This marriage was one of three Franco-Spanish alliances which had been negotiated with the Duke of Orléans. The Duke of Orléans was the Regent of France in the Regency of 1715-1723 during the minority of Louis XV of France. Philip and Orléans decided that Philip's eldest daughter Infante Maria Ana Victoria would marry Louis XV and become the Queen of France. The last proposal was between Philippine Élisabeth d'Orléans to the young Infante Carlos of Spain (future King of Spain). None of the marriages were successful, the latter marriage never occurred and like Mariana Victoria, Philippine was sent back home.

On 14 January 1724, Philip abdicated the throne to his eldest son, the seventeen-year old Louis, for reasons still the subject of debate:

One theory states that Philip V, who exhibited many elements of mental instability during his reign, did not wish to reign due to his increasing mental decline and so conscientiously abdicated in favour of his son.

A second theory puts the abdication in context of the Bourbon dynasty. The French royal family recently had lost many legitimate agnates to diseases, making the lack of an heir and another continental war of succession a possibility. Philip V was a legitimate descendant of Louis XIV but matters were complicated by the Treaty of Utrecht (signed in 1713 as a result of the Succession war), which forbade a union of the French and Spanish crowns. The theory supposes that Philip V hoped that by abdicating the Spanish crown he could circumvent the Treaty and succeed to the French throne. However, this theory seems improbable as the French Bourbons' dynastic crisis was acute in 1711/1712 - before the Treaty of Utrecht was even signed - and not in 1724, a year after Louis XV had begun to govern in his own right. Furthermore, in the treaty Philip had renounced his and his descendants' rights to the succession in France, regardless of who actually reigned in Spain.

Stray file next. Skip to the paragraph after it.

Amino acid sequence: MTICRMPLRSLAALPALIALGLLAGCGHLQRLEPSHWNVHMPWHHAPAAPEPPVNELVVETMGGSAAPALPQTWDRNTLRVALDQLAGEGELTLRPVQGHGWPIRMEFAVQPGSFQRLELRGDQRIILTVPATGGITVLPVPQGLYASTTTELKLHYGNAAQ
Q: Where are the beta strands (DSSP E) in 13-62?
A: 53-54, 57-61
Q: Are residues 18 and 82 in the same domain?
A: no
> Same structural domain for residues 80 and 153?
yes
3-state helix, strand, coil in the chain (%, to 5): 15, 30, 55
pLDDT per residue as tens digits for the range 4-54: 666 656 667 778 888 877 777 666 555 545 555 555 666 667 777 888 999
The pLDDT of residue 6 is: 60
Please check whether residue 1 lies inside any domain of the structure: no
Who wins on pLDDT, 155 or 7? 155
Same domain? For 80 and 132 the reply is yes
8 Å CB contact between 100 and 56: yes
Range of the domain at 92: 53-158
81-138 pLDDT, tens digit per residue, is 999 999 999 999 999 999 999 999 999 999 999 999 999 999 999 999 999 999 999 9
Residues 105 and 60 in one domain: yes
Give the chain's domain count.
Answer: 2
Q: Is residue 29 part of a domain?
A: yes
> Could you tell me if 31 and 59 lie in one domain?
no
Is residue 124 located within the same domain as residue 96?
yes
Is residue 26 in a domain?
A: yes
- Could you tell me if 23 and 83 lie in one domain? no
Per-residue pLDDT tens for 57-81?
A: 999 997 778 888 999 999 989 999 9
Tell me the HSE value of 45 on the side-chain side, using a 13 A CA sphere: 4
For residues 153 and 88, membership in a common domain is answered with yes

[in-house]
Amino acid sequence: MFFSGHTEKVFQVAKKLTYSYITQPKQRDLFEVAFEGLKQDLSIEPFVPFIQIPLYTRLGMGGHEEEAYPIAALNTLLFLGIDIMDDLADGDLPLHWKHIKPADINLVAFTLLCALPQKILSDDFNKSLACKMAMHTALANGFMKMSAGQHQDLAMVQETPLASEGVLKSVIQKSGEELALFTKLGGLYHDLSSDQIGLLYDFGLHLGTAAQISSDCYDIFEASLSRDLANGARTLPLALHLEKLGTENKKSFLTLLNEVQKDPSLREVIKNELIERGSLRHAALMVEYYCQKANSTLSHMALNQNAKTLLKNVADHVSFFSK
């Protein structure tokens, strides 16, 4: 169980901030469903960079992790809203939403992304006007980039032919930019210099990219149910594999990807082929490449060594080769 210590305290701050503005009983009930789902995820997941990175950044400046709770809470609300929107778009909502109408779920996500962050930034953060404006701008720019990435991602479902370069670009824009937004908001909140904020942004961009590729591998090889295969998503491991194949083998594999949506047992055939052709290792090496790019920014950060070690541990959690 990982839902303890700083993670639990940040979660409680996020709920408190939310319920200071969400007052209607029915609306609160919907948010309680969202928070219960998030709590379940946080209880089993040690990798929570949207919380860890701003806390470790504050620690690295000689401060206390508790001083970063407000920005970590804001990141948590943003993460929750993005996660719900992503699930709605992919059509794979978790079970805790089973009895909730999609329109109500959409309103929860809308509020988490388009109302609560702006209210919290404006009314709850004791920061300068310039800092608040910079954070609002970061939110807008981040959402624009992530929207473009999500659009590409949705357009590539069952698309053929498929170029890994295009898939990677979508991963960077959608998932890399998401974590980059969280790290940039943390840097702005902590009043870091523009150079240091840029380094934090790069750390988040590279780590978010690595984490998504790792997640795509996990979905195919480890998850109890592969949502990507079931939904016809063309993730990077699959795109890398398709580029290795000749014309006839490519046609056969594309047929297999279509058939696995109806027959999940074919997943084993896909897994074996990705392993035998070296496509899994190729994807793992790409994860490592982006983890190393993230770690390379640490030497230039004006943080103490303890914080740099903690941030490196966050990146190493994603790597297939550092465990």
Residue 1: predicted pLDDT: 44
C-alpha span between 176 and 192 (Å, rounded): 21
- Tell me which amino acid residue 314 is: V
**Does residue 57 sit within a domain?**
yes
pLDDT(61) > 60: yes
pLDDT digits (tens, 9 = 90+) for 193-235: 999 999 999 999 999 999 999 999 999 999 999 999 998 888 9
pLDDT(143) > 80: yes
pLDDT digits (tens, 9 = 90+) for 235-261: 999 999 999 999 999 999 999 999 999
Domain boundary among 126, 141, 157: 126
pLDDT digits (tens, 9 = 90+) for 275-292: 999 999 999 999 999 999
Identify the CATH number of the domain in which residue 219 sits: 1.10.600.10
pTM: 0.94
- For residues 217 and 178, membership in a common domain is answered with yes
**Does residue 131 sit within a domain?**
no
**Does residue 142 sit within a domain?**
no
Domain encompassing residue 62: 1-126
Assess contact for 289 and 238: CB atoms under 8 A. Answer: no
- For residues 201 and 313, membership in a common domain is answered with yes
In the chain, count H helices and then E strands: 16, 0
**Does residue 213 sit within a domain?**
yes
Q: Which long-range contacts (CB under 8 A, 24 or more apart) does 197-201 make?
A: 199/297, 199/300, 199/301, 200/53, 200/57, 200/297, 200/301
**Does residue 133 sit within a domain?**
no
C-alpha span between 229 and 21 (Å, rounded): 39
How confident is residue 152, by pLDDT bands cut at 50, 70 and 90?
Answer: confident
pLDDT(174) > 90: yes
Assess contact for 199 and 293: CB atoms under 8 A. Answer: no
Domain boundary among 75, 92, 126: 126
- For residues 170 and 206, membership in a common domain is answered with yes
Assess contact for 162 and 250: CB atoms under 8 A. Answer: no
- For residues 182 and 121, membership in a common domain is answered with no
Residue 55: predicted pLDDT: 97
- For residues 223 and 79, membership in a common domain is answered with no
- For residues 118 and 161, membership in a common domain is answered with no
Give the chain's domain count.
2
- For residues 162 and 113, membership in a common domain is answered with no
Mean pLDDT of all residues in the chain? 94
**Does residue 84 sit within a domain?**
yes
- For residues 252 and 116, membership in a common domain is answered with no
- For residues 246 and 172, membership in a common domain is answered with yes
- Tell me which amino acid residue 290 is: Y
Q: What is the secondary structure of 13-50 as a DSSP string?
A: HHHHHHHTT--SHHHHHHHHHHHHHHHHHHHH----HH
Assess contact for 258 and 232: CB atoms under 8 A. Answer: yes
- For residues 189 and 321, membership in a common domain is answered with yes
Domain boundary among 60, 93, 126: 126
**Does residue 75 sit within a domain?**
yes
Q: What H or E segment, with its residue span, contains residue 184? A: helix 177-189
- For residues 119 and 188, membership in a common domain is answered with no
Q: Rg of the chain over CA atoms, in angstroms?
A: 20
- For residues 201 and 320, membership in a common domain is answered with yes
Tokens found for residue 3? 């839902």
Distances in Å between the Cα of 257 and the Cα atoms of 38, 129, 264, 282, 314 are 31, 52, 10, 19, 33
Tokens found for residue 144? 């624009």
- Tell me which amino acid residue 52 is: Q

In any case, Louis died on 31 August 1724 in Madridmarker of smallpox, having reigned only seven months and leaving no issue. Philip was forced to return to the Spanish throne as his younger son, the later Ferdinand VI, was not yet of age.

Consequences of Philip V's reign

Philip helped his Bourbon relatives to make territorial gains in the War of the Polish Succession and the War of the Austrian Succession by reconquering Naples and Sicily from Austria and Oranmarker from the Ottomans. Finally, at the end of his reign Spanish forces also successfully defended their American territories from a large British invasion during the War of Jenkins' Ear.

During his reign, Spain began to recover from the stagnation it had suffered during the twilight of the Spanish Habsburg dynasty. Ferdinand VI of Spain, his son by his first queen Maria Luisa of Savoy, succeeded him.

Philip was afflicted by fits of manic depression and increasingly fell victim to a deep melancholia. His second wife, Elizabeth Farnese, completely dominated her passive husband. She bore him further sons, including another successor, Charles III of Spain. Beginning in August 1737 his affliction was eased by the castrato singer Farinelli, who, became the "Musico de Camara of Their Majesties." Farinelli would sing eight or nine arias for the king and queen every night, usually with a trio of musicians.

Philip died on 9 July 1746 in El Escorial, in Madrid, but was buried in his favorite Royal Palace of La Granja de San Ildefonsomarker, near Segovia.


Half escudo gold coin of Philip V, dated 1743

  • To commemorate the indignities the city of Xàtivamarker suffered after Philip's victory in the Battle of Almansamarker in the War of the Spanish Succession, in which he ordered the city to be burned and renamed San Felipe, the portrait of the monarch hangs upside down in the local museum of L'Almodí [10035]).


First Marriage

Philip married his double-second cousin Princess Maria Luisa of Savoy (17 September 1688 – 14 February 1714) on 3 November 1701 and they had four sons:

Name Portrait Lifespan Notes
Luis Felipe

King of Spain
25 August 1707 –

31 August 1724
King of Spain from 14 January 1724 until his death. His reign is recorded as one of the shortest in history, as he was king for just over seven months; married Louise Élisabeth d'Orléans and had no issue;
Infante Felipe Pedro

2 July 1709 –

18 July 1709
died in infancy;
Infante Felipe Pedro Gabriel

7 June 1712 –

29 December 1719
died in infancy;

King of Spain
23 September 1713 –

10 August 1759
King of Spain from 1746 till death; married Barbara of Portugal and had no issue;